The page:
The usual double-bill companion for Pietro Mascagni's Cavalleria Rusticana is Ruggero Leoncavallo's Pagliacci. They're both verismo operas with themes of adultery and revenge, popularly known when paired as Cav'n'Pag.
But Canberra Opera has chosen a different partner for the Mascagni work.
It is presenting Cavalleria Rusticana with Giacomo Puccini's comedy Gianni Schicci to provide a performance of contrasting rather than similar works (even if Cav'n'Gia isn't quite as catchy an abbreviation).
The company has engaged Melbourne director Kate Millett to stage the operas.
She's reset Cavalleria Rusticana ("Rustic chivalry") from the late 19th century to the late 1950s though the setting in a Sicilian village remains the same.
Adapted from a story and play by Giovanni Verga, the opera tells the story of Turiddu (Ken Goodge), who returns to the village after a period away to discover that in his absence Lola (Veronica Thwaits) , his fiancee, married the carter Alfio.
Turiddu seduces another village woman, Santuzza (Anna Greenwood), and the jealous Lola begins an affair with him. Inevitably it all comes out and violence ensues.
The big numbers in the work are the Easter Hymn and the orchestral Intermezzo.
Gianni Schicci , based on an incident mentioned in Dante's Divine Comedy, was originally written as one of the three short operas in Il trittico - along with Il tabarro and Suor Angelica.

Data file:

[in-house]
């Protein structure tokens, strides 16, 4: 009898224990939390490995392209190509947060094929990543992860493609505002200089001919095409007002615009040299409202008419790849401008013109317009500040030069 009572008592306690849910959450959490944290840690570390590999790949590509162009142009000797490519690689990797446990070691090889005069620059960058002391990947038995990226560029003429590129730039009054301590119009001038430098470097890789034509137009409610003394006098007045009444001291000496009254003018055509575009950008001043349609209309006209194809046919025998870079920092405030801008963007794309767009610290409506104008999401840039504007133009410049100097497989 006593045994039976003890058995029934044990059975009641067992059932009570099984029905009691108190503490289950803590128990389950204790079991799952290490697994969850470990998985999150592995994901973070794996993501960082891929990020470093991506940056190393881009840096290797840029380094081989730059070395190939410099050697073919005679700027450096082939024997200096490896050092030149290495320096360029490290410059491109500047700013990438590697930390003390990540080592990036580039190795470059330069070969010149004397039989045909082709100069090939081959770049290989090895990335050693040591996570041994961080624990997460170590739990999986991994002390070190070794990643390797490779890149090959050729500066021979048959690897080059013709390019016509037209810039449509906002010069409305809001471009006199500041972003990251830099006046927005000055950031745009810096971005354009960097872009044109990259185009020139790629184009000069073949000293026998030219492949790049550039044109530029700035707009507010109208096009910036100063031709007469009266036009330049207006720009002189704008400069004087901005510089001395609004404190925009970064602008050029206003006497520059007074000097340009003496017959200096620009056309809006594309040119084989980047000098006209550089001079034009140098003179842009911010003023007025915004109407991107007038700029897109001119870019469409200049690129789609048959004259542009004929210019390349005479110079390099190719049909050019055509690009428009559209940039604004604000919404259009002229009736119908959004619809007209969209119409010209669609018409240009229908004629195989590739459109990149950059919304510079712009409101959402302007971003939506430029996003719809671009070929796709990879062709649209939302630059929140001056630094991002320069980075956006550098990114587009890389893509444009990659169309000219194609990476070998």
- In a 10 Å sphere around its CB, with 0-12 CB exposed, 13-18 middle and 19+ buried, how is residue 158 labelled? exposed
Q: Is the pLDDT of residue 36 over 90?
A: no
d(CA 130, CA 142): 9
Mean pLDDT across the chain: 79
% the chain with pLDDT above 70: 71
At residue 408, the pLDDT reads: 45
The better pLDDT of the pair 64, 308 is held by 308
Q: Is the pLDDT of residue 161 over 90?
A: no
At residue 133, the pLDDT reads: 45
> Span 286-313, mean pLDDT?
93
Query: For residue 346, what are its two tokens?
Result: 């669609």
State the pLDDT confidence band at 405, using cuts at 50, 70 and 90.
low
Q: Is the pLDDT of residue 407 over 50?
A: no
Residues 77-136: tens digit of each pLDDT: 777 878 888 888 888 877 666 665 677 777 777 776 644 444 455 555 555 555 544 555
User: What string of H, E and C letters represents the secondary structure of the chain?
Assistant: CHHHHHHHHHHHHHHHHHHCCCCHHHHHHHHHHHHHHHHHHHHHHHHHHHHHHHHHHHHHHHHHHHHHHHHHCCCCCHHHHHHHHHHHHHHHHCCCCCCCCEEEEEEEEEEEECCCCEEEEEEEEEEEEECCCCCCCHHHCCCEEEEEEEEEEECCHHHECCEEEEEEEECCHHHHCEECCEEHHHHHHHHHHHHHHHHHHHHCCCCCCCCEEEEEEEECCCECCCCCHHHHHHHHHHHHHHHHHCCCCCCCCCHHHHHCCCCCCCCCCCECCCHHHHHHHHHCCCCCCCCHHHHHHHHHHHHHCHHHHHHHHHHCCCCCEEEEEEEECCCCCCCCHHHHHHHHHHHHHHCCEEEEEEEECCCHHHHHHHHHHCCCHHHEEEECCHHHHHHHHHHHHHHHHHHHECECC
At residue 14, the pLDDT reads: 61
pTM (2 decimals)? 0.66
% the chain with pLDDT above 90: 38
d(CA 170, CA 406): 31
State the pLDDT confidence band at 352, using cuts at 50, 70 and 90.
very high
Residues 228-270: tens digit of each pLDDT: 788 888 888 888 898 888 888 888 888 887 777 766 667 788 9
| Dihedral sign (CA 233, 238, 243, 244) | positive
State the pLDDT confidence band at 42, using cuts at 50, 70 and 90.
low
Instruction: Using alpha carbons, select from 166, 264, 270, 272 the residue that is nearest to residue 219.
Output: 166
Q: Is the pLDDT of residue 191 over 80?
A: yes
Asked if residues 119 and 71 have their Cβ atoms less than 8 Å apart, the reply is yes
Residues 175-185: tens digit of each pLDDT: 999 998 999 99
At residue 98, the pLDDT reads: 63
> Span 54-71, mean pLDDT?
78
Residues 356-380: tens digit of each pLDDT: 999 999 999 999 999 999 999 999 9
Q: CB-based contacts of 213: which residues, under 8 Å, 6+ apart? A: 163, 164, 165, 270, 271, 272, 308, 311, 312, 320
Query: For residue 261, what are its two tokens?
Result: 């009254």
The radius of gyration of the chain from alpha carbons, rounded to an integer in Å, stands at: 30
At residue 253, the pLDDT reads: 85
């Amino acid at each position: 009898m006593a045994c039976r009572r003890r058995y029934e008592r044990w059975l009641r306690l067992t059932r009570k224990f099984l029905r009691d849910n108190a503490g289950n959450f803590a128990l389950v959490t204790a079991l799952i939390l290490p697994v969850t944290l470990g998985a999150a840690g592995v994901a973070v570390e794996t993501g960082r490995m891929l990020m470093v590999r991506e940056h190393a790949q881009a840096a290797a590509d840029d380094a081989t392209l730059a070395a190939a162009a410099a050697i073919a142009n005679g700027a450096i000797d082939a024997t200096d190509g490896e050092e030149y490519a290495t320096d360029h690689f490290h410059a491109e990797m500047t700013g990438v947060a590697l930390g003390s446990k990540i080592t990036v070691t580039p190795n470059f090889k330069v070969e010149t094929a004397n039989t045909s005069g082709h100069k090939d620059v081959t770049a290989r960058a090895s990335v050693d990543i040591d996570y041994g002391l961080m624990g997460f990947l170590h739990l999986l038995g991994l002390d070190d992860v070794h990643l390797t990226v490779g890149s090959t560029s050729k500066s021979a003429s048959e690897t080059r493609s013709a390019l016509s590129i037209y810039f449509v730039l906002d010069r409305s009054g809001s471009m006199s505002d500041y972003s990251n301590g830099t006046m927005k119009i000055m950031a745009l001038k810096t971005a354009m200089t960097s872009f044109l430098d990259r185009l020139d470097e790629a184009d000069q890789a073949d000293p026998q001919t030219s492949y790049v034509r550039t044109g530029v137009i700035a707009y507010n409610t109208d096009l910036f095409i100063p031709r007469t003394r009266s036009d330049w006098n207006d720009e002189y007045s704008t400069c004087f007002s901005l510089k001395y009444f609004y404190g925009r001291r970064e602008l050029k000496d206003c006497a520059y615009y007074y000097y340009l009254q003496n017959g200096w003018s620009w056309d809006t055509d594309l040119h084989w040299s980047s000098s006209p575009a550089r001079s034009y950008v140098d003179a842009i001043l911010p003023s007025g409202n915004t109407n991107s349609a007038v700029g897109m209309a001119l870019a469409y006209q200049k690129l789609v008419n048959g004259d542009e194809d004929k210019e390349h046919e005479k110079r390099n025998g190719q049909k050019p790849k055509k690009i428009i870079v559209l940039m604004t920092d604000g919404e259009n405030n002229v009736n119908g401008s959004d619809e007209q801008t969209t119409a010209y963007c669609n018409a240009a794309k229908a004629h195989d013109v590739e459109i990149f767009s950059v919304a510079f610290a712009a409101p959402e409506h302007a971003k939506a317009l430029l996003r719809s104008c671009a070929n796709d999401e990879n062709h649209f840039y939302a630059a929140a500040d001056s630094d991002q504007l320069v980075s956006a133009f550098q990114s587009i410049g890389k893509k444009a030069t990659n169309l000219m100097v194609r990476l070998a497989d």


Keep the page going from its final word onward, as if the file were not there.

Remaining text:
Canberra actor and singer Colin Milner, in his first Canberra Opera production, plays the title role and says Schicci is "a marvelous character to play.
"He reminds me a bit of Verdi's Falstaff," he says.
"Some people regard him as a particularly likeable character ... but he gets one up on the rich people."
Schicci is "really a peasant", he says, but he's ready to seize an opportunity to better himself and his daughter Lauretta (Hannah Carter) .
His chance comes when Rinnuccio (Alistair Colgrave), son of the wealthy and just-deceased Buoso Donati, wants to marry Lauretta. The young man finds his father's will and refuses to hand it over to his Aunt Zita and the rest of the family until Zita promises to grant him permission to wed.
But the greedy family members soon discover that Buoso left his entire estate to the monks. Their hopes of getting their hands on his money and property - particularly his mansion, race-horse and the sawmills at Signa - appear to be thwarted.
Enter Gianni Schicci, who has a devious and illegal scheme.
It involves Buoso's will being destroyed before anyone finds out he is dead and Schicci impersonating Donati to dictate a new will to a lawyer. The family agree but the result is not quite what they were expecting.
The opera is best known for Lauretta's lyrical aria O mio babbino caro ("O my dear papa") which Milner describes as "a child's manipulation of a parent to get what they want"
Millett has been impressed by the talent she's working with and says that most of the cast appear in both operas in different capacities.
Gianni Schicci. Music by Giacomo Puccini. Libretto by Giovacchino Forzano. Cavalleria Rusticana. Music by Pietro Mascagni. Libretto by Giovanni Targioni-Tozzetti and Guido Menasci, adapted from the short story and play by Giovanni Verga. Conductor: Louis Sharpe. Musical directors: Michael Politi and Colleen Rae-Gerrard. Performed in English. Canberra Opera. Belconnen Theatre. Parental guidance recommended. August 23 to 25, 30 to 31. canberraopera.org.au and trybooking.com/BBMKL.